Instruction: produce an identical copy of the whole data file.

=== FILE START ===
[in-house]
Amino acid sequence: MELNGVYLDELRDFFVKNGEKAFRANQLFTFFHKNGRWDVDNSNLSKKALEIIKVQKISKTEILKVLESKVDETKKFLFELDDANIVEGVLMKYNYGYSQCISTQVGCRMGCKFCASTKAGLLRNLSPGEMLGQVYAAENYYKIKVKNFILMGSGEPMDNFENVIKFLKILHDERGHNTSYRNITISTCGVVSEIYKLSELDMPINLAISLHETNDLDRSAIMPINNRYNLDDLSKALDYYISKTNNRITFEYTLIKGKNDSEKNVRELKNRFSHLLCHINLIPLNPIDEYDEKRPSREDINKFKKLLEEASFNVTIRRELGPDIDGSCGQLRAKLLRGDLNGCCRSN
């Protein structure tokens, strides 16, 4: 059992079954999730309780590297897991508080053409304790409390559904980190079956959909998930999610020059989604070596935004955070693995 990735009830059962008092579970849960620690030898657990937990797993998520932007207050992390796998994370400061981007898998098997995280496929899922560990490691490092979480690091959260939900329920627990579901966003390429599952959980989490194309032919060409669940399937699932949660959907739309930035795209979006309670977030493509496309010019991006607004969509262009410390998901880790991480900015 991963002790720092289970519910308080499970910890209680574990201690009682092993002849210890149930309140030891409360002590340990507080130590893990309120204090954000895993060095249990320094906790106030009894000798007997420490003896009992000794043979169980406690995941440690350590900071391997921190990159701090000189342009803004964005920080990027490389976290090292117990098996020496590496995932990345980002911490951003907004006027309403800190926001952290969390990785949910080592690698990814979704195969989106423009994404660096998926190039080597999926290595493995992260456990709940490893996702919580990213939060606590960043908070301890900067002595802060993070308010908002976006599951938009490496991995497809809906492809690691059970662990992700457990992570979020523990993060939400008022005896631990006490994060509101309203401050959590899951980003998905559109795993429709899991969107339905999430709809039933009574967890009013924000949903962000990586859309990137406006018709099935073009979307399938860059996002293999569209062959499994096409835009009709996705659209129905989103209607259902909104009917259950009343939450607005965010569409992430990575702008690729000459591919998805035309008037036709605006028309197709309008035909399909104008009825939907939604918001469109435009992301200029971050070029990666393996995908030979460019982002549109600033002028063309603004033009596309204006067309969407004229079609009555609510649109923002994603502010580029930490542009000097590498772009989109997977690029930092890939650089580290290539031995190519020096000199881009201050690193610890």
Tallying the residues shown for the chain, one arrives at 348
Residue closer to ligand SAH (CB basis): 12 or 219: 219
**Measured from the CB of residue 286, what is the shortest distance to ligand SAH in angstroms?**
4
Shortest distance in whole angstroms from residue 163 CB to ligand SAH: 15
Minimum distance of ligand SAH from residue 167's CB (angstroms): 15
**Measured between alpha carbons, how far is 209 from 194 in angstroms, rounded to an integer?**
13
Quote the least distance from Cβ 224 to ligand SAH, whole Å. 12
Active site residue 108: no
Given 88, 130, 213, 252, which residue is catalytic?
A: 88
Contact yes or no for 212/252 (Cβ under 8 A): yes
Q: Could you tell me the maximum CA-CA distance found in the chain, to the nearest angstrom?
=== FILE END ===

[in-house]
Amino acid sequence: MELNGVYLDELRDFFVKNGEKAFRANQLFTFFHKNGRWDVDNSNLSKKALEIIKVQKISKTEILKVLESKVDETKKFLFELDDANIVEGVLMKYNYGYSQCISTQVGCRMGCKFCASTKAGLLRNLSPGEMLGQVYAAENYYKIKVKNFILMGSGEPMDNFENVIKFLKILHDERGHNTSYRNITISTCGVVSEIYKLSELDMPINLAISLHETNDLDRSAIMPINNRYNLDDLSKALDYYISKTNNRITFEYTLIKGKNDSEKNVRELKNRFSHLLCHINLIPLNPIDEYDEKRPSREDINKFKKLLEEASFNVTIRRELGPDIDGSCGQLRAKLLRGDLNGCCRSN
């Protein structure tokens, strides 16, 4: 059992079954999730309780590297897991508080053409304790409390559904980190079956959909998930999610020059989604070596935004955070693995 990735009830059962008092579970849960620690030898657990937990797993998520932007207050992390796998994370400061981007898998098997995280496929899922560990490691490092979480690091959260939900329920627990579901966003390429599952959980989490194309032919060409669940399937699932949660959907739309930035795209979006309670977030493509496309010019991006607004969509262009410390998901880790991480900015 991963002790720092289970519910308080499970910890209680574990201690009682092993002849210890149930309140030891409360002590340990507080130590893990309120204090954000895993060095249990320094906790106030009894000798007997420490003896009992000794043979169980406690995941440690350590900071391997921190990159701090000189342009803004964005920080990027490389976290090292117990098996020496590496995932990345980002911490951003907004006027309403800190926001952290969390990785949910080592690698990814979704195969989106423009994404660096998926190039080597999926290595493995992260456990709940490893996702919580990213939060606590960043908070301890900067002595802060993070308010908002976006599951938009490496991995497809809906492809690691059970662990992700457990992570979020523990993060939400008022005896631990006490994060509101309203401050959590899951980003998905559109795993429709899991969107339905999430709809039933009574967890009013924000949903962000990586859309990137406006018709099935073009979307399938860059996002293999569209062959499994096409835009009709996705659209129905989103209607259902909104009917259950009343939450607005965010569409992430990575702008690729000459591919998805035309008037036709605006028309197709309008035909399909104008009825939907939604918001469109435009992301200029971050070029990666393996995908030979460019982002549109600033002028063309603004033009596309204006067309969407004229079609009555609510649109923002994603502010580029930490542009000097590498772009989109997977690029930092890939650089580290290539031995190519020096000199881009201050690193610890």
Tallying the residues shown for the chain, one arrives at 348
Residue closer to ligand SAH (CB basis): 12 or 219: 219
**Measured from the CB of residue 286, what is the shortest distance to ligand SAH in angstroms?**
4
Shortest distance in whole angstroms from residue 163 CB to ligand SAH: 15
Minimum distance of ligand SAH from residue 167's CB (angstroms): 15
**Measured between alpha carbons, how far is 209 from 194 in angstroms, rounded to an integer?**
13
Quote the least distance from Cβ 224 to ligand SAH, whole Å. 12
Active site residue 108: no
Given 88, 130, 213, 252, which residue is catalytic?
A: 88
Contact yes or no for 212/252 (Cβ under 8 A): yes
Q: Could you tell me the maximum CA-CA distance found in the chain, to the nearest angstrom?